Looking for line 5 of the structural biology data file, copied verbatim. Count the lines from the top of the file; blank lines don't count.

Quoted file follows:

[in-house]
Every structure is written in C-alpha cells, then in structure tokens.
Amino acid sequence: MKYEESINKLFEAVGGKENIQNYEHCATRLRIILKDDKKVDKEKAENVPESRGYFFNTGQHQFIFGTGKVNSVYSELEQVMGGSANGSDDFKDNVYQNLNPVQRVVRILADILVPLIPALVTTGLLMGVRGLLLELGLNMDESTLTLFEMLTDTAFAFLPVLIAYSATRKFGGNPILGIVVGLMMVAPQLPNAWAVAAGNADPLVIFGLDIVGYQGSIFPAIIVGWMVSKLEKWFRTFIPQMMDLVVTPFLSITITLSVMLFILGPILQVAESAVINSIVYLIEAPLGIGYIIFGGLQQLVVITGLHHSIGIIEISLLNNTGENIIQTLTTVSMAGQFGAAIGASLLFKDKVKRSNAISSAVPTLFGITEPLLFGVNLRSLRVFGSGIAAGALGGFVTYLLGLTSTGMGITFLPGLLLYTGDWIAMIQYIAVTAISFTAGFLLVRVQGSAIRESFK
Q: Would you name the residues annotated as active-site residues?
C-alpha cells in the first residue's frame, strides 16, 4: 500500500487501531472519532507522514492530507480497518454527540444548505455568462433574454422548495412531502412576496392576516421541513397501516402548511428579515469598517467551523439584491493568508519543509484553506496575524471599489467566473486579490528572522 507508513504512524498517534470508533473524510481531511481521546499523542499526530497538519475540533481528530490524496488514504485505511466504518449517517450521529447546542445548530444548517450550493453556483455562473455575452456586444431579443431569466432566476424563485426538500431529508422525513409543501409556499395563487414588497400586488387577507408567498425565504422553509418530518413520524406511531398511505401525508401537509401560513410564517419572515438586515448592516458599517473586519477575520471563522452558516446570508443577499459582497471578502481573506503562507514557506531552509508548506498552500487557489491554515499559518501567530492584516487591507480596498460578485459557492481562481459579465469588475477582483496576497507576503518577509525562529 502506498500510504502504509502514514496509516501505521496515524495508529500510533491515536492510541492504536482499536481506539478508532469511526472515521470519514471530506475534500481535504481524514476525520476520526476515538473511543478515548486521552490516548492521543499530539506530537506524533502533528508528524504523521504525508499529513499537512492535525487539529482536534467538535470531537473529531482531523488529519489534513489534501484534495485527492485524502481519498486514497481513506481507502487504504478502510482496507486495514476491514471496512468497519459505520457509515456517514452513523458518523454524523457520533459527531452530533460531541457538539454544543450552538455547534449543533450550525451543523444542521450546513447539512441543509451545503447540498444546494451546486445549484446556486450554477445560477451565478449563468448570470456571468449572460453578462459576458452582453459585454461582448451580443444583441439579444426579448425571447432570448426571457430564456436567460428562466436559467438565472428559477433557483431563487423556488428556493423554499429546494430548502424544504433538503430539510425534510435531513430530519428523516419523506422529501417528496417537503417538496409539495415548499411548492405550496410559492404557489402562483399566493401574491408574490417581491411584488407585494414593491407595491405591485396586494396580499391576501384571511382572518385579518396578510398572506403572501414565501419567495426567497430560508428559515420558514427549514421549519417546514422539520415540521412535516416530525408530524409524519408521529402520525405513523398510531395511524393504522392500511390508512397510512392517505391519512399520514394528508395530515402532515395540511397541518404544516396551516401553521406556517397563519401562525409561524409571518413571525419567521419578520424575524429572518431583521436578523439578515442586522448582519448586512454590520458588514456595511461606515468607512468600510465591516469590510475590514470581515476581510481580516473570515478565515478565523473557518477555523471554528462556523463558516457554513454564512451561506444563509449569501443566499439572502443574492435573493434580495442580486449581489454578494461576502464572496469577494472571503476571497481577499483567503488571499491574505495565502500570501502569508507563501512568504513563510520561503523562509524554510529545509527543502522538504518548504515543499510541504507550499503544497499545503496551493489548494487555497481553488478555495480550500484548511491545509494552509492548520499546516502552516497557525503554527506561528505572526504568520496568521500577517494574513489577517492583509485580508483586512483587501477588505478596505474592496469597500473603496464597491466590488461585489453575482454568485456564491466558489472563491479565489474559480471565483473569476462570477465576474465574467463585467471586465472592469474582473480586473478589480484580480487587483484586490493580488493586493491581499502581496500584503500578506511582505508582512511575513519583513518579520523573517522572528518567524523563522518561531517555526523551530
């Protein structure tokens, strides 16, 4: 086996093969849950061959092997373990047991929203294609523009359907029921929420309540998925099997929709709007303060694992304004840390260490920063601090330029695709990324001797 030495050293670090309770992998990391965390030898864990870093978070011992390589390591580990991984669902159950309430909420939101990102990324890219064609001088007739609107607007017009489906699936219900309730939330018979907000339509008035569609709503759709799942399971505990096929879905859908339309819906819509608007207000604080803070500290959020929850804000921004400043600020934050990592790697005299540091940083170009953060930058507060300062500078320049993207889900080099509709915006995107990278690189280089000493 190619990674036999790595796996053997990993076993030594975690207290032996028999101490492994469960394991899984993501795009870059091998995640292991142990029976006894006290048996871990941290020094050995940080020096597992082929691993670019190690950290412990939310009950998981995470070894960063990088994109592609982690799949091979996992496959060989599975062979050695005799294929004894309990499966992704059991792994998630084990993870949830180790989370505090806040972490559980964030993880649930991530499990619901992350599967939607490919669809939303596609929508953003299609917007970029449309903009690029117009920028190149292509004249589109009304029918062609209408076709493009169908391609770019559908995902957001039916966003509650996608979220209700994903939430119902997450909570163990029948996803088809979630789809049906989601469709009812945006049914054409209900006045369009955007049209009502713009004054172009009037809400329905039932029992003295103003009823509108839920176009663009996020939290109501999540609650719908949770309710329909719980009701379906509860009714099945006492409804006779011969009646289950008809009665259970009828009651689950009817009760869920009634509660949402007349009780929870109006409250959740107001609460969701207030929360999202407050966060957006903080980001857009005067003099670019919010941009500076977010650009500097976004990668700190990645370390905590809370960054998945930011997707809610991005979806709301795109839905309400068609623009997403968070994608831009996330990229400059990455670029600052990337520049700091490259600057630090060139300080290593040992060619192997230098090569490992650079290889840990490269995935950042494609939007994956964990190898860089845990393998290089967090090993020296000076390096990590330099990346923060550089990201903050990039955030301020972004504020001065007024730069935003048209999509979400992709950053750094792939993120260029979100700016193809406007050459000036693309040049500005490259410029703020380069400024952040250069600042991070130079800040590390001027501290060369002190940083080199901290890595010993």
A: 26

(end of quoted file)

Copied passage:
C-alpha cells in the first residue's frame, strides 16, 4: 500500500487501531472519532507522514492530507480497518454527540444548505455568462433574454422548495412531502412576496392576516421541513397501516402548511428579515469598517467551523439584491493568508519543509484553506496575524471599489467566473486579490528572522 507508513504512524498517534470508533473524510481531511481521546499523542499526530497538519475540533481528530490524496488514504485505511466504518449517517450521529447546542445548530444548517450550493453556483455562473455575452456586444431579443431569466432566476424563485426538500431529508422525513409543501409556499395563487414588497400586488387577507408567498425565504422553509418530518413520524406511531398511505401525508401537509401560513410564517419572515438586515448592516458599517473586519477575520471563522452558516446570508443577499459582497471578502481573506503562507514557506531552509508548506498552500487557489491554515499559518501567530492584516487591507480596498460578485459557492481562481459579465469588475477582483496576497507576503518577509525562529 502506498500510504502504509502514514496509516501505521496515524495508529500510533491515536492510541492504536482499536481506539478508532469511526472515521470519514471530506475534500481535504481524514476525520476520526476515538473511543478515548486521552490516548492521543499530539506530537506524533502533528508528524504523521504525508499529513499537512492535525487539529482536534467538535470531537473529531482531523488529519489534513489534501484534495485527492485524502481519498486514497481513506481507502487504504478502510482496507486495514476491514471496512468497519459505520457509515456517514452513523458518523454524523457520533459527531452530533460531541457538539454544543450552538455547534449543533450550525451543523444542521450546513447539512441543509451545503447540498444546494451546486445549484446556486450554477445560477451565478449563468448570470456571468449572460453578462459576458452582453459585454461582448451580443444583441439579444426579448425571447432570448426571457430564456436567460428562466436559467438565472428559477433557483431563487423556488428556493423554499429546494430548502424544504433538503430539510425534510435531513430530519428523516419523506422529501417528496417537503417538496409539495415548499411548492405550496410559492404557489402562483399566493401574491408574490417581491411584488407585494414593491407595491405591485396586494396580499391576501384571511382572518385579518396578510398572506403572501414565501419567495426567497430560508428559515420558514427549514421549519417546514422539520415540521412535516416530525408530524409524519408521529402520525405513523398510531395511524393504522392500511390508512397510512392517505391519512399520514394528508395530515402532515395540511397541518404544516396551516401553521406556517397563519401562525409561524409571518413571525419567521419578520424575524429572518431583521436578523439578515442586522448582519448586512454590520458588514456595511461606515468607512468600510465591516469590510475590514470581515476581510481580516473570515478565515478565523473557518477555523471554528462556523463558516457554513454564512451561506444563509449569501443566499439572502443574492435573493434580495442580486449581489454578494461576502464572496469577494472571503476571497481577499483567503488571499491574505495565502500570501502569508507563501512568504513563510520561503523562509524554510529545509527543502522538504518548504515543499510541504507550499503544497499545503496551493489548494487555497481553488478555495480550500484548511491545509494552509492548520499546516502552516497557525503554527506561528505572526504568520496568521500577517494574513489577517492583509485580508483586512483587501477588505478596505474592496469597500473603496464597491466590488461585489453575482454568485456564491466558489472563491479565489474559480471565483473569476462570477465576474465574467463585467471586465472592469474582473480586473478589480484580480487587483484586490493580488493586493491581499502581496500584503500578506511582505508582512511575513519583513518579520523573517522572528518567524523563522518561531517555526523551530